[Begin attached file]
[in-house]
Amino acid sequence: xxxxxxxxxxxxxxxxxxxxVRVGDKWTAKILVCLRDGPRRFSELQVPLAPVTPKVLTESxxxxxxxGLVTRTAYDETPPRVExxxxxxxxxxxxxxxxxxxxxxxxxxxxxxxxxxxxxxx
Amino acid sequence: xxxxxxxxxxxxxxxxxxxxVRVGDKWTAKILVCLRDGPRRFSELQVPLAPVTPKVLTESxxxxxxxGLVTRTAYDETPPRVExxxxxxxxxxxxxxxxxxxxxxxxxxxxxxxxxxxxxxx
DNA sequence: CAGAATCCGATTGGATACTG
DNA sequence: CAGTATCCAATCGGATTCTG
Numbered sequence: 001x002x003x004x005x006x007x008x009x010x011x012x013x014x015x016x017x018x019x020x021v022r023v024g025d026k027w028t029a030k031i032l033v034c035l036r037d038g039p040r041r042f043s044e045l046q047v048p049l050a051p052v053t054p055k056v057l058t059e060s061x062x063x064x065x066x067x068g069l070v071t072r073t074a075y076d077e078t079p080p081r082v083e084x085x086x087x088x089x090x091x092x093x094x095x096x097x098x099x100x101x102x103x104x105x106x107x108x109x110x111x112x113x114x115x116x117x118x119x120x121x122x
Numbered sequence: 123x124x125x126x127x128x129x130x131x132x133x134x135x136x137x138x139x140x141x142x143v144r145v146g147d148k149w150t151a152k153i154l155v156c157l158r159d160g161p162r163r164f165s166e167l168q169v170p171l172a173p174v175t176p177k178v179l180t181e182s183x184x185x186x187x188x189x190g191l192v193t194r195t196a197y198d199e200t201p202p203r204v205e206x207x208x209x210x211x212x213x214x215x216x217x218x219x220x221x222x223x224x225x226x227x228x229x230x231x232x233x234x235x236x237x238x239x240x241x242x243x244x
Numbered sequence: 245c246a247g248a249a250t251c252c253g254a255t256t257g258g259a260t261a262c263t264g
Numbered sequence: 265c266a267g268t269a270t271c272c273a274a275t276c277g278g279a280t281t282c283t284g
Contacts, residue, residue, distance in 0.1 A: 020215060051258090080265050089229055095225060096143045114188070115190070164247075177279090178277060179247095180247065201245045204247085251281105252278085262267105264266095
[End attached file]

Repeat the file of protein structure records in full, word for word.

[in-house]
Amino acid sequence: xxxxxxxxxxxxxxxxxxxxVRVGDKWTAKILVCLRDGPRRFSELQVPLAPVTPKVLTESxxxxxxxGLVTRTAYDETPPRVExxxxxxxxxxxxxxxxxxxxxxxxxxxxxxxxxxxxxxx
Amino acid sequence: xxxxxxxxxxxxxxxxxxxxVRVGDKWTAKILVCLRDGPRRFSELQVPLAPVTPKVLTESxxxxxxxGLVTRTAYDETPPRVExxxxxxxxxxxxxxxxxxxxxxxxxxxxxxxxxxxxxxx
DNA sequence: CAGAATCCGATTGGATACTG
DNA sequence: CAGTATCCAATCGGATTCTG
Numbered sequence: 001x002x003x004x005x006x007x008x009x010x011x012x013x014x015x016x017x018x019x020x021v022r023v024g025d026k027w028t029a030k031i032l033v034c035l036r037d038g039p040r041r042f043s044e045l046q047v048p049l050a051p052v053t054p055k056v057l058t059e060s061x062x063x064x065x066x067x068g069l070v071t072r073t074a075y076d077e078t079p080p081r082v083e084x085x086x087x088x089x090x091x092x093x094x095x096x097x098x099x100x101x102x103x104x105x106x107x108x109x110x111x112x113x114x115x116x117x118x119x120x121x122x
Numbered sequence: 123x124x125x126x127x128x129x130x131x132x133x134x135x136x137x138x139x140x141x142x143v144r145v146g147d148k149w150t151a152k153i154l155v156c157l158r159d160g161p162r163r164f165s166e167l168q169v170p171l172a173p174v175t176p177k178v179l180t181e182s183x184x185x186x187x188x189x190g191l192v193t194r195t196a197y198d199e200t201p202p203r204v205e206x207x208x209x210x211x212x213x214x215x216x217x218x219x220x221x222x223x224x225x226x227x228x229x230x231x232x233x234x235x236x237x238x239x240x241x242x243x244x
Numbered sequence: 245c246a247g248a249a250t251c252c253g254a255t256t257g258g259a260t261a262c263t264g
Numbered sequence: 265c266a267g268t269a270t271c272c273a274a275t276c277g278g279a280t281t282c283t284g
Contacts, residue, residue, distance in 0.1 A: 020215060051258090080265050089229055095225060096143045114188070115190070164247075177279090178277060179247095180247065201245045204247085251281105252278085262267105264266095